Listen to the Athenian Solon: “Our virtue sticks with us and makes us strong, but money changes owners all day long”

Solon (c. 638 – c. 558 BC) was an Athenian statesman, lawmaker and poet, particularly known for ending exclusive aristocratic control of the government and his efforts to legislate against political, economic, and moral decline in archaic Athens, whose elite was obsessed with wealth, power, and prestige. His first concern was to relieve the immediate distress caused by debt, therefore he forbade mortgages on bodies of the debtor and his family, preventing enslaving them by creditors and landowners, abolished all debts and freed all debt-slaves. Many of his other reforms failed in the short term, yet he is often attributed with having laid the foundations for Athenian democracy.
Poetry was for Solon the instrument of his statesmanship and the medium through which he warned, challenged, counseled the people, and urged them to action. Hereinafter one of his poems, as brought by Greek historian Plutarch in “Solon: The Lawmaker of Athens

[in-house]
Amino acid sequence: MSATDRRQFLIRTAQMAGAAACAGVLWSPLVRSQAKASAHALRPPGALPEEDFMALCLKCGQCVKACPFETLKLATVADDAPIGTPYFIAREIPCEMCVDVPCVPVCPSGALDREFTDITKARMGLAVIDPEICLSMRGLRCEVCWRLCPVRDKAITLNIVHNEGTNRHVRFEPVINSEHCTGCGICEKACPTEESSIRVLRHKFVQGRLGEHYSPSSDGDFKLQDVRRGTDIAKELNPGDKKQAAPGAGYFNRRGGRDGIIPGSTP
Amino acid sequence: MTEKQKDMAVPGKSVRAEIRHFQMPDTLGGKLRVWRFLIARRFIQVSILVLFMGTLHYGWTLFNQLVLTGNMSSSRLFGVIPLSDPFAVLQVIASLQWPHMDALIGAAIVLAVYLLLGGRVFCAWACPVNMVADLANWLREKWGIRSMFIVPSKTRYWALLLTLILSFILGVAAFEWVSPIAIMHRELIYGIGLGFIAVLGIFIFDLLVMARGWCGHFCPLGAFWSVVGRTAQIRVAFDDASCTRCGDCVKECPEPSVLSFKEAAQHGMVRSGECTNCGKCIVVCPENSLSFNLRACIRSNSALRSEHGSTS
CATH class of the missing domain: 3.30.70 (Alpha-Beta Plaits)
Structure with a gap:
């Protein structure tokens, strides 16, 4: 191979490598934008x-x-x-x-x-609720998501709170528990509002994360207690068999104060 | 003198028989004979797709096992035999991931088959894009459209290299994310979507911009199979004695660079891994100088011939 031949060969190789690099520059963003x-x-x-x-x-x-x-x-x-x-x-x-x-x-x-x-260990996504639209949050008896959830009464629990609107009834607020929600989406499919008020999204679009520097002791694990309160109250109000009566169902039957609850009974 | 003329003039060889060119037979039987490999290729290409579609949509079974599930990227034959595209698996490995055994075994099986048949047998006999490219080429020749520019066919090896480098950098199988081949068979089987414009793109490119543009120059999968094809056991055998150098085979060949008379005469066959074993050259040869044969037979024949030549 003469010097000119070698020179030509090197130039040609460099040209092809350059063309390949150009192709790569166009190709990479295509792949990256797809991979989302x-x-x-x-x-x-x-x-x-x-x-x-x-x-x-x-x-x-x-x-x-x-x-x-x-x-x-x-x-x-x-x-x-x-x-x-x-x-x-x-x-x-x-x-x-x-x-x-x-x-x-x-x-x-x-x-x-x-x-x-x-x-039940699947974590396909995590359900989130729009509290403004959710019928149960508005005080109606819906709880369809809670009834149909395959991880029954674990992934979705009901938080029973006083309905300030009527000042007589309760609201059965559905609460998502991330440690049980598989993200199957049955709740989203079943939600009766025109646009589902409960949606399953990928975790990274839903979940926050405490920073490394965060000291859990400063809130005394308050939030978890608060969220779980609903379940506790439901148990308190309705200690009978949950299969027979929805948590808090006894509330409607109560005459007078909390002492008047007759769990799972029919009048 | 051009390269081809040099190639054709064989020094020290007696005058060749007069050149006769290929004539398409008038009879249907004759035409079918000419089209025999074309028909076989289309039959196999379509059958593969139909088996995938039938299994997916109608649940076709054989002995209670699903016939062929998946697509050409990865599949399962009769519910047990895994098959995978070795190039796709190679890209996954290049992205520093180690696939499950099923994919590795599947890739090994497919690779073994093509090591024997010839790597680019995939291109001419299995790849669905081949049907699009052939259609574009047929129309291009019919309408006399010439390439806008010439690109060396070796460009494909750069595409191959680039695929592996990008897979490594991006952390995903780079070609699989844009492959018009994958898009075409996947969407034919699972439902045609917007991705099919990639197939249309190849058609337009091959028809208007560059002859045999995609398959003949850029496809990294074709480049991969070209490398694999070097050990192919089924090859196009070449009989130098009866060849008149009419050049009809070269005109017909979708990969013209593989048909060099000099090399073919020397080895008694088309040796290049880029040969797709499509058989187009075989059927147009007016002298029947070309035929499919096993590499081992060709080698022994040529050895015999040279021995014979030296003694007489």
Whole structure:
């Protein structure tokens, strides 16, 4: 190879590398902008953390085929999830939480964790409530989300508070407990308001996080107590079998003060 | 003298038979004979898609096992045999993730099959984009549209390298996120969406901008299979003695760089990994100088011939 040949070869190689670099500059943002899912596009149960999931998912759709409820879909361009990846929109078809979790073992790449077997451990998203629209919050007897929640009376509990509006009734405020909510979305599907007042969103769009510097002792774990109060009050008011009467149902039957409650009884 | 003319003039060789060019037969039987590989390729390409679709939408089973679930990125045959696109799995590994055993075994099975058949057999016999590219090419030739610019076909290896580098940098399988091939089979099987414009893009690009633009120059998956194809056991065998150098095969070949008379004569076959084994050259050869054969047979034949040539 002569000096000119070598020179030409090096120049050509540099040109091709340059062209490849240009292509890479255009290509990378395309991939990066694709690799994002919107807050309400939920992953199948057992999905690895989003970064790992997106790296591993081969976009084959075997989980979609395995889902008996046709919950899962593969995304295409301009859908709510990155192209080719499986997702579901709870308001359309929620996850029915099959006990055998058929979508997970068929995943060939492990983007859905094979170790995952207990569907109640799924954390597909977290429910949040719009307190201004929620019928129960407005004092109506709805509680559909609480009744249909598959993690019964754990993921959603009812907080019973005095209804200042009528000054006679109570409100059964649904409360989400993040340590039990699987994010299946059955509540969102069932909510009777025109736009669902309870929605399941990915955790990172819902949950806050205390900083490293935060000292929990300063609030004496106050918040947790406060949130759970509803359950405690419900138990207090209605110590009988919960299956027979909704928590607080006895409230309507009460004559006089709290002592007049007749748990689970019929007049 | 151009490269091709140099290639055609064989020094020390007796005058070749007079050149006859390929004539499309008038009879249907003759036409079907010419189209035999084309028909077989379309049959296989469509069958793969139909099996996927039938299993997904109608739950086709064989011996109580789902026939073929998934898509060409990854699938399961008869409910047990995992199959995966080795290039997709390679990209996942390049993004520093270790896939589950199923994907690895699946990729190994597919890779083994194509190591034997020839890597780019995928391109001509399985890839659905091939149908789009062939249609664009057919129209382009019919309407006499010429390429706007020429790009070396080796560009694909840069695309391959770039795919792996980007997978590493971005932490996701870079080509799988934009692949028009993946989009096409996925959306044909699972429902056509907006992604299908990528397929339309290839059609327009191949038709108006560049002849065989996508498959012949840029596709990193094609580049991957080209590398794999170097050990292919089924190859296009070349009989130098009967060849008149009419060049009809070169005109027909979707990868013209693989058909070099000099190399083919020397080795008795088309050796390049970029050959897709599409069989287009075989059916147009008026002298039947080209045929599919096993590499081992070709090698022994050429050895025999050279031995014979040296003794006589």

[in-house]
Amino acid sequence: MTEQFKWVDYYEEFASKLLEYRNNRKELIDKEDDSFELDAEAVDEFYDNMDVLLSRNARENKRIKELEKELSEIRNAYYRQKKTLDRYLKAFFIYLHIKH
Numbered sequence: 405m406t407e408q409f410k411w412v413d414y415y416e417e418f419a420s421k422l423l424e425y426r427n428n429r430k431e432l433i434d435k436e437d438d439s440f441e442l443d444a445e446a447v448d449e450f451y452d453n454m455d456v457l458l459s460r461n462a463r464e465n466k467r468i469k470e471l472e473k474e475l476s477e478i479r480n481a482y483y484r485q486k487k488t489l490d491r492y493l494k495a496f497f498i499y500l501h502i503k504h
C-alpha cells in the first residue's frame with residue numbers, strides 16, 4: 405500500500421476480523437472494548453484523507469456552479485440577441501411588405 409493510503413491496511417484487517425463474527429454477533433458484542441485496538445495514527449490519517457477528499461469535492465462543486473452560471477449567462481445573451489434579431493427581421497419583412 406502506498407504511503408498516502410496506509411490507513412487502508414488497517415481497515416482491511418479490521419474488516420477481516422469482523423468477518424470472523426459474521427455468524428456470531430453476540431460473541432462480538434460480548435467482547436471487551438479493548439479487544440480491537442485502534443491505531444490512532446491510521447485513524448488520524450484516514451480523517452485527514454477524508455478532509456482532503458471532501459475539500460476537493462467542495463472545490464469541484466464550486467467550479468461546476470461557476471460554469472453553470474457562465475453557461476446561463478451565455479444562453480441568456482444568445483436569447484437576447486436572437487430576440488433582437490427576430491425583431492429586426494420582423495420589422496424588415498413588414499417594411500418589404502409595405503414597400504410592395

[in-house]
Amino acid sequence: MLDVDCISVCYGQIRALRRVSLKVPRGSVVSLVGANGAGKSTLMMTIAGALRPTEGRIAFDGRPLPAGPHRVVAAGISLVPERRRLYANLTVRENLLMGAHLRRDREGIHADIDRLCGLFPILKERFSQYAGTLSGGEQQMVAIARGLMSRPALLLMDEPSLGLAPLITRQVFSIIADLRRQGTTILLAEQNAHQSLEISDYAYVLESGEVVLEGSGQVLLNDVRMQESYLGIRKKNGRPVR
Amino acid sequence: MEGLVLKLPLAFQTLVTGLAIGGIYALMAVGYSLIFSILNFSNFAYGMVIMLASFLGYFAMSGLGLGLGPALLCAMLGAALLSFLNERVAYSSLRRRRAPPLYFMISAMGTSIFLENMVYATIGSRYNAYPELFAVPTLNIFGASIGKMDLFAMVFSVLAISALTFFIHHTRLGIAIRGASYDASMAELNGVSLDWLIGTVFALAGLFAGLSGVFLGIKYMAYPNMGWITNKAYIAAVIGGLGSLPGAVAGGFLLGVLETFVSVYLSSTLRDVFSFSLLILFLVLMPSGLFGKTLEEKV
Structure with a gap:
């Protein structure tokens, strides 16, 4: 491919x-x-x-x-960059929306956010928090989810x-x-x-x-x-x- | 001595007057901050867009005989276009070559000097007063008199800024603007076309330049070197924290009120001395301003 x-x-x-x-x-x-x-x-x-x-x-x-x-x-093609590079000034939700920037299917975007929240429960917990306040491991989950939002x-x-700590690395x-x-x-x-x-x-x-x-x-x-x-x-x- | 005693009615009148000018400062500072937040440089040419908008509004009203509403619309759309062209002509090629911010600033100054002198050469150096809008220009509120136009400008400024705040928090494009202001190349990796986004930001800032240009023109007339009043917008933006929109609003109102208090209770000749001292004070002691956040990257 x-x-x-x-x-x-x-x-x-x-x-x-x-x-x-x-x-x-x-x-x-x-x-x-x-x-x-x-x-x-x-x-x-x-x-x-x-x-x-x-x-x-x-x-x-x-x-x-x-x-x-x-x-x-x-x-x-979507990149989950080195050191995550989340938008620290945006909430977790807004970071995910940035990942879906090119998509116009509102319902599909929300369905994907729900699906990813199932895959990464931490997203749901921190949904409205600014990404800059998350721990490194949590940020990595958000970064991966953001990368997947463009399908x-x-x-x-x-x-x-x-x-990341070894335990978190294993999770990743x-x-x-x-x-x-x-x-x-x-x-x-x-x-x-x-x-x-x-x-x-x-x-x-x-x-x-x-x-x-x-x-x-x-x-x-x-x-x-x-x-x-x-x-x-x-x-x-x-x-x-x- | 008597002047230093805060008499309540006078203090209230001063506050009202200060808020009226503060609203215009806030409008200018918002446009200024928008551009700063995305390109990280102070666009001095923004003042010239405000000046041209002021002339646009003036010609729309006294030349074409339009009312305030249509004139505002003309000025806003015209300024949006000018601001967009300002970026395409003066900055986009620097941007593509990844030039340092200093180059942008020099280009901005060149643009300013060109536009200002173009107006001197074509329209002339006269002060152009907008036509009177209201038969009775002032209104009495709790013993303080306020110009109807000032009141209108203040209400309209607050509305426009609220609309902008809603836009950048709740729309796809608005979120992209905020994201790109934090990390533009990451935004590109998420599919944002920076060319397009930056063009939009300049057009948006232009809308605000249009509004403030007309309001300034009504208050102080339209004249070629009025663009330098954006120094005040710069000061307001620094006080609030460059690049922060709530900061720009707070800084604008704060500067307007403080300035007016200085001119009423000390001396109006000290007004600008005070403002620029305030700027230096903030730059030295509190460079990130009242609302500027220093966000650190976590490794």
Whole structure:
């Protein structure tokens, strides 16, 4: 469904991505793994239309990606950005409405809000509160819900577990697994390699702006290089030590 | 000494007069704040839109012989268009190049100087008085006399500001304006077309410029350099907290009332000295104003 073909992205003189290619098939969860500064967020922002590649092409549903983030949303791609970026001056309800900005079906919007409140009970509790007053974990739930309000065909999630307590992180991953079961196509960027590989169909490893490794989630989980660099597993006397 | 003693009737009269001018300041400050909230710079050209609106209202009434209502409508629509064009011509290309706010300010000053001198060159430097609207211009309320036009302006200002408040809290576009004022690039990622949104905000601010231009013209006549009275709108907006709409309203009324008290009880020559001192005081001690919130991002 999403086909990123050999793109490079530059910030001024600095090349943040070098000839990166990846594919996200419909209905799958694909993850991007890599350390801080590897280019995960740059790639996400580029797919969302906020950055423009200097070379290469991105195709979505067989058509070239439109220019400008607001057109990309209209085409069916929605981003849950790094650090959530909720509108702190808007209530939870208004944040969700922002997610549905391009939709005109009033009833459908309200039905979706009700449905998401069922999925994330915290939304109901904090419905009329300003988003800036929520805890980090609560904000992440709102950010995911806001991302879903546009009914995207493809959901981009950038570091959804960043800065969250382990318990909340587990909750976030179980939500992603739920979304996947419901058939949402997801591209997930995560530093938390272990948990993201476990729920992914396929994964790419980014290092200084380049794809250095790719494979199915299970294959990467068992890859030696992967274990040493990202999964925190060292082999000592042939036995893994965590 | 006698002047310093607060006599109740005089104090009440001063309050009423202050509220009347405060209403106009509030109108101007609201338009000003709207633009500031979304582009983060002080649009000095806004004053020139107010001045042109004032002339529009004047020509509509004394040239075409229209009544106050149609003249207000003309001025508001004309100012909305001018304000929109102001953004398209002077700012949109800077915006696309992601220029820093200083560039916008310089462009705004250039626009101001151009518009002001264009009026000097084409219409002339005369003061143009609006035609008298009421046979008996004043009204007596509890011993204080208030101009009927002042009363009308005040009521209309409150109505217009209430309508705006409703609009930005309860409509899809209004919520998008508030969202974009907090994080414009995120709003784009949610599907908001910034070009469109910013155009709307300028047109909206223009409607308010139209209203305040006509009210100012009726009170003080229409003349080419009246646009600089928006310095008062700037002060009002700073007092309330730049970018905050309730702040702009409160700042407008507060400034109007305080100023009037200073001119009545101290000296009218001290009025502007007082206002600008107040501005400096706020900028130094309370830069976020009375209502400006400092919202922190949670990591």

The man whose riches satisfy his greed
Is not more rich for all those heaps and hoards
Than some poor man who has enough to feed
And clothe his corpse with such as God affords.

I have no use for men who steal and cheat;
The fruit of evil poisons those who eat.

Some wicked men are rich, some good men poor,
But I would rather trust in what’s secure;
Our virtue sticks with us and makes us strong,
But money changes owners all day long.

Solon defends his laws against criticism from Athenian citizens, painting by Noel Coypel, 1699

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